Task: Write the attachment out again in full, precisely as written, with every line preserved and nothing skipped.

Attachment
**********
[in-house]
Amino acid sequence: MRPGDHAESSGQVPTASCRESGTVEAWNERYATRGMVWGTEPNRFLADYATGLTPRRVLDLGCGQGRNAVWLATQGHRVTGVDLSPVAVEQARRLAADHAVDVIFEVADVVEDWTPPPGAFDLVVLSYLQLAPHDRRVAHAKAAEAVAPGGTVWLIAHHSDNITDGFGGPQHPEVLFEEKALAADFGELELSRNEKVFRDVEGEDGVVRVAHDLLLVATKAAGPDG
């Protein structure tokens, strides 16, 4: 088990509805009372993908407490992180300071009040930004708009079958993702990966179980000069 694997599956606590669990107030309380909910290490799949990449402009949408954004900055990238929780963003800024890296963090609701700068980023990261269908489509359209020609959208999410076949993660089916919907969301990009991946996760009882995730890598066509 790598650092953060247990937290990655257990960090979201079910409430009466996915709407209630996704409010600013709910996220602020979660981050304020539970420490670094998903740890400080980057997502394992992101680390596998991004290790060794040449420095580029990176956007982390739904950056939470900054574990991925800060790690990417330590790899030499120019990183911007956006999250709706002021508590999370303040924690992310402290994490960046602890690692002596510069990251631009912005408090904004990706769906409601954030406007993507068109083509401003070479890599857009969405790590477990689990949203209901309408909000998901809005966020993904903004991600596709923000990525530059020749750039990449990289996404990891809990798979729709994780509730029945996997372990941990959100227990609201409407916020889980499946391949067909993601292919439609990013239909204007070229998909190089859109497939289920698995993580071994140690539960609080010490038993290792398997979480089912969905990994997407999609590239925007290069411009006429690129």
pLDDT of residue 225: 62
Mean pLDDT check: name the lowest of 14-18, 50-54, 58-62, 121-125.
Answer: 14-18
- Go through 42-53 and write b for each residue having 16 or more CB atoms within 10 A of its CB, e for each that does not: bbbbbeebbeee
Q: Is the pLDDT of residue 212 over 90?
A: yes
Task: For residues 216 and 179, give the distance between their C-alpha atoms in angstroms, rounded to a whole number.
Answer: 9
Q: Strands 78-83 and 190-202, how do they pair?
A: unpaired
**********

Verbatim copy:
[in-house]
Amino acid sequence: MRPGDHAESSGQVPTASCRESGTVEAWNERYATRGMVWGTEPNRFLADYATGLTPRRVLDLGCGQGRNAVWLATQGHRVTGVDLSPVAVEQARRLAADHAVDVIFEVADVVEDWTPPPGAFDLVVLSYLQLAPHDRRVAHAKAAEAVAPGGTVWLIAHHSDNITDGFGGPQHPEVLFEEKALAADFGELELSRNEKVFRDVEGEDGVVRVAHDLLLVATKAAGPDG
């Protein structure tokens, strides 16, 4: 088990509805009372993908407490992180300071009040930004708009079958993702990966179980000069 694997599956606590669990107030309380909910290490799949990449402009949408954004900055990238929780963003800024890296963090609701700068980023990261269908489509359209020609959208999410076949993660089916919907969301990009991946996760009882995730890598066509 790598650092953060247990937290990655257990960090979201079910409430009466996915709407209630996704409010600013709910996220602020979660981050304020539970420490670094998903740890400080980057997502394992992101680390596998991004290790060794040449420095580029990176956007982390739904950056939470900054574990991925800060790690990417330590790899030499120019990183911007956006999250709706002021508590999370303040924690992310402290994490960046602890690692002596510069990251631009912005408090904004990706769906409601954030406007993507068109083509401003070479890599857009969405790590477990689990949203209901309408909000998901809005966020993904903004991600596709923000990525530059020749750039990449990289996404990891809990798979729709994780509730029945996997372990941990959100227990609201409407916020889980499946391949067909993601292919439609990013239909204007070229998909190089859109497939289920698995993580071994140690539960609080010490038993290792398997979480089912969905990994997407999609590239925007290069411009006429690129």
pLDDT of residue 225: 62
Mean pLDDT check: name the lowest of 14-18, 50-54, 58-62, 121-125.
Answer: 14-18
- Go through 42-53 and write b for each residue having 16 or more CB atoms within 10 A of its CB, e for each that does not: bbbbbeebbeee
Q: Is the pLDDT of residue 212 over 90?
A: yes
Task: For residues 216 and 179, give the distance between their C-alpha atoms in angstroms, rounded to a whole number.
Answer: 9
Q: Strands 78-83 and 190-202, how do they pair?
A: unpaired